Boris Johnson comes under fire in first PMQs since wounding confidence vote
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Take a look here.It would be nice to be proud of our government, as the last pulses of patriotic spirit ebb through the country after the Platinum Jubilee.

But when we are governed by the Tories, it is pretty difficult to find anything to be thrilled about.

Indeed, in the last week alone, we learnt that a substantial proportion of his own MPs don't even like Boris Johnson and voted against him in a vote of no confidence.

And don't get us started on what has been another grim week for MPs defending the controversial Rwanda plan, losing their s**t at the BBC and distracting the public with half-baked policies.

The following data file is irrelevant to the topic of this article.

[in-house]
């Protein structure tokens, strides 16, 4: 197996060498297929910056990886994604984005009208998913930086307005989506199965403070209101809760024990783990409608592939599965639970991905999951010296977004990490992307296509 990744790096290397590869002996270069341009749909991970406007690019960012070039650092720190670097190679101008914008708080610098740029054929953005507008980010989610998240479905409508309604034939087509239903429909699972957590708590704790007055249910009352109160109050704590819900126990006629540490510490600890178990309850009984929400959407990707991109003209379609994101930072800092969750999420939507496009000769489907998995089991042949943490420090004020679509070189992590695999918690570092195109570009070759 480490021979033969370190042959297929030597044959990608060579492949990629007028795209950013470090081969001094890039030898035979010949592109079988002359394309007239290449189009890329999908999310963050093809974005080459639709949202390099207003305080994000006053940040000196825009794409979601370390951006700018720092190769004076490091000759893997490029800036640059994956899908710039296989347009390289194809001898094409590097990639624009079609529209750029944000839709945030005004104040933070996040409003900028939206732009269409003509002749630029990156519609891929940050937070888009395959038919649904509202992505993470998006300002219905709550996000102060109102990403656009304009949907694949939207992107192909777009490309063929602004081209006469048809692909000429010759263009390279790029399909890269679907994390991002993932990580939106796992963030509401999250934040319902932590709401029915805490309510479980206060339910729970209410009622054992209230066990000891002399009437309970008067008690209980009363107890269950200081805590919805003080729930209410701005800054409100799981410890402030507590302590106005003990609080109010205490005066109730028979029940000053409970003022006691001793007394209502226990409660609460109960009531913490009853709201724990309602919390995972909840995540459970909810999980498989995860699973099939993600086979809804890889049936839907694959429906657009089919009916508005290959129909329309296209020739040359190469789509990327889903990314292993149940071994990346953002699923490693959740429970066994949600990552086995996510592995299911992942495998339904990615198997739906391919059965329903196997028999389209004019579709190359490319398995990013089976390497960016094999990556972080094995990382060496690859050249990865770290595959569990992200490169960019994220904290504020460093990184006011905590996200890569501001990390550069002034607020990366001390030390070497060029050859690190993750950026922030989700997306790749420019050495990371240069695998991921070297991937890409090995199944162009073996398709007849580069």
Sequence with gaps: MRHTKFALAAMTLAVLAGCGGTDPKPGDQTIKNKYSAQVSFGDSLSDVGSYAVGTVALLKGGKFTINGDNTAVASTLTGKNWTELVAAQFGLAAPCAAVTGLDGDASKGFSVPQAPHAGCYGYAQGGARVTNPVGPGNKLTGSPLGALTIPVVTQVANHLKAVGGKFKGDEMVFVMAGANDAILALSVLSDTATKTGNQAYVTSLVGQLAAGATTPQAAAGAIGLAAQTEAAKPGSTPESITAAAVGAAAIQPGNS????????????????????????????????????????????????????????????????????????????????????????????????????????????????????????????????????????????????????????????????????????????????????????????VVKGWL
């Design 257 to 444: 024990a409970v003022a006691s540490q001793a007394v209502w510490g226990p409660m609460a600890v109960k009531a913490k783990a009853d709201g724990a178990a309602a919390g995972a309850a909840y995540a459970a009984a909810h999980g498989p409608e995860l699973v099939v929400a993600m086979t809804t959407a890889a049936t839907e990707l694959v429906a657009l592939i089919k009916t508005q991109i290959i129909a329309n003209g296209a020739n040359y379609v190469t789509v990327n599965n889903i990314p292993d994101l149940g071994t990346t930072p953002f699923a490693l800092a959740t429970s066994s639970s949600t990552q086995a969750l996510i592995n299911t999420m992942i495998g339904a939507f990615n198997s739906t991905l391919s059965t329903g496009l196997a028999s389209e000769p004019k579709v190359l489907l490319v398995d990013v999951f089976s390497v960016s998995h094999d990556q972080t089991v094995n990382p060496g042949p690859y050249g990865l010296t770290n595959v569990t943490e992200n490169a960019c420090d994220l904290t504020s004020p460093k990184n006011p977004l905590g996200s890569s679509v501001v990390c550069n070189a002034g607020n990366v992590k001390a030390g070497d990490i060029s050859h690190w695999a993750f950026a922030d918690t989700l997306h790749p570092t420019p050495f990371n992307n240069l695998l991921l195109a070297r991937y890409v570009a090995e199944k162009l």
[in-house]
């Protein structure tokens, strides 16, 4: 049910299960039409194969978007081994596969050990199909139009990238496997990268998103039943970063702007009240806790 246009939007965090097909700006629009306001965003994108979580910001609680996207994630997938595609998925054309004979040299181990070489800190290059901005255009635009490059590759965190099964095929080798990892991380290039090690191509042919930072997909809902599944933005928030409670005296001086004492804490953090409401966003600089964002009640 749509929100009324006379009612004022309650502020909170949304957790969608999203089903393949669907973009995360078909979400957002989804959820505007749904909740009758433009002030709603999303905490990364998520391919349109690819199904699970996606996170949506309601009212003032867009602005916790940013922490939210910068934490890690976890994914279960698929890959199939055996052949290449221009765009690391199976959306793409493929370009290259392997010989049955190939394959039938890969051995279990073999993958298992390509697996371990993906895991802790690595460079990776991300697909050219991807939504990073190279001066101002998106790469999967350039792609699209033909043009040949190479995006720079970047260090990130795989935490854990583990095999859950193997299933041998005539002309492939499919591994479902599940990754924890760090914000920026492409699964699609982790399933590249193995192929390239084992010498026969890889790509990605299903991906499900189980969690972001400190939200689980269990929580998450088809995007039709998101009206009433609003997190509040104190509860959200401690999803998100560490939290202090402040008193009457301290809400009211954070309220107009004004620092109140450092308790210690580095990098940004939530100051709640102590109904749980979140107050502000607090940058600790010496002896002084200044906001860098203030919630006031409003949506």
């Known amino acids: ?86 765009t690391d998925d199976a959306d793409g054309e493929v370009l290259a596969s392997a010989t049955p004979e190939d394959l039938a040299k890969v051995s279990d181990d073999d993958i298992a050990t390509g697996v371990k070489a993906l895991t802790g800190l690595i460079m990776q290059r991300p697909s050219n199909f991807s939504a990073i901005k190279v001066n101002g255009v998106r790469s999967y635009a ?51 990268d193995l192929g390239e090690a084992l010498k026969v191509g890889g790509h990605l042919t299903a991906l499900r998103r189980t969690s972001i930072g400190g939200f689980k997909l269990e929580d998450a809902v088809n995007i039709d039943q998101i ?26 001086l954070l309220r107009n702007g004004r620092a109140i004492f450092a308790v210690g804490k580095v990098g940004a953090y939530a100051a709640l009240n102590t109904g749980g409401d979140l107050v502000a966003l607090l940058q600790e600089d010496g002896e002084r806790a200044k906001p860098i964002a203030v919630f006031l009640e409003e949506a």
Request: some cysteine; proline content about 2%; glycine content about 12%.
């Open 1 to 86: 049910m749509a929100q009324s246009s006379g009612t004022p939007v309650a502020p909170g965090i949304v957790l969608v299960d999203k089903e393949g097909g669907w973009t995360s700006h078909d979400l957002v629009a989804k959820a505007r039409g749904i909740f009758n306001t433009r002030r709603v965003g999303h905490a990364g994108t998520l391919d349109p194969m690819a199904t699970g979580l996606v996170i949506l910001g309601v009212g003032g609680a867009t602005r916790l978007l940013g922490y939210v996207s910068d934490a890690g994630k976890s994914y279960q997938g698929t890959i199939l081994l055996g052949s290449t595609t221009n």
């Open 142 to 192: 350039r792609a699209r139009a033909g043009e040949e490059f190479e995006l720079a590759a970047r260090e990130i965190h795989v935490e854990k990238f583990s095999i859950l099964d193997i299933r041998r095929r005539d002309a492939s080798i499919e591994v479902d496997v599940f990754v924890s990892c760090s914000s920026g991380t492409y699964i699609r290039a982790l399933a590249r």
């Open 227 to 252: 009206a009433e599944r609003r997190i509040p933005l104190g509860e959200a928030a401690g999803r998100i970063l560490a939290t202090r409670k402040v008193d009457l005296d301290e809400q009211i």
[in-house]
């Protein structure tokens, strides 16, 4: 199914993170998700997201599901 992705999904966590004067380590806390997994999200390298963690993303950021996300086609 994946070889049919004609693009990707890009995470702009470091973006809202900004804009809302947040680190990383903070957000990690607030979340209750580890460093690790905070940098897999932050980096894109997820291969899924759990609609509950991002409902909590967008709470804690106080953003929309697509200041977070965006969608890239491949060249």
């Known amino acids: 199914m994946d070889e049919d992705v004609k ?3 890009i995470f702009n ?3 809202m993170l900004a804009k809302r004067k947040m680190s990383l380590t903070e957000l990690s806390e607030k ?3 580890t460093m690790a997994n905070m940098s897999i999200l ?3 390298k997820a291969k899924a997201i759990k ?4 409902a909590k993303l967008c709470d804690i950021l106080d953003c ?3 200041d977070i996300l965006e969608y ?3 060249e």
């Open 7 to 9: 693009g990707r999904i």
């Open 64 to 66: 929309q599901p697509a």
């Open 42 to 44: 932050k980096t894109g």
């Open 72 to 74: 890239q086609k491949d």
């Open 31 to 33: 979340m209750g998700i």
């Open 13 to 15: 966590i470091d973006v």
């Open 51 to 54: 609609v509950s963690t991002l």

Or do get us started: here are 17 of the worst things the Tories did this week.

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1. Acted dodgily enough to face a no-confidence vote

Our hopes at being eased back into Normal Life after the bank holiday were dashed when we woke up on Monday morning to news that enough members of the Tory party had had enough of their leader, triggering a vote of no confidence in him.


2. That clashed with Love Island

It clashed with the biggest dating show of the summer, which is grounds enough for Johnson's resignation in our books.


3. But voted to keep the PM

But despite showing enough bottle to make him face the music, 211 Tory MPs decided that "yeah, this animated scarecrow is probably the best PM we could get". Thanks, Tories. Still, with 148 MPs voting against him, there wasn't exactly a ringing endorsement of the leader.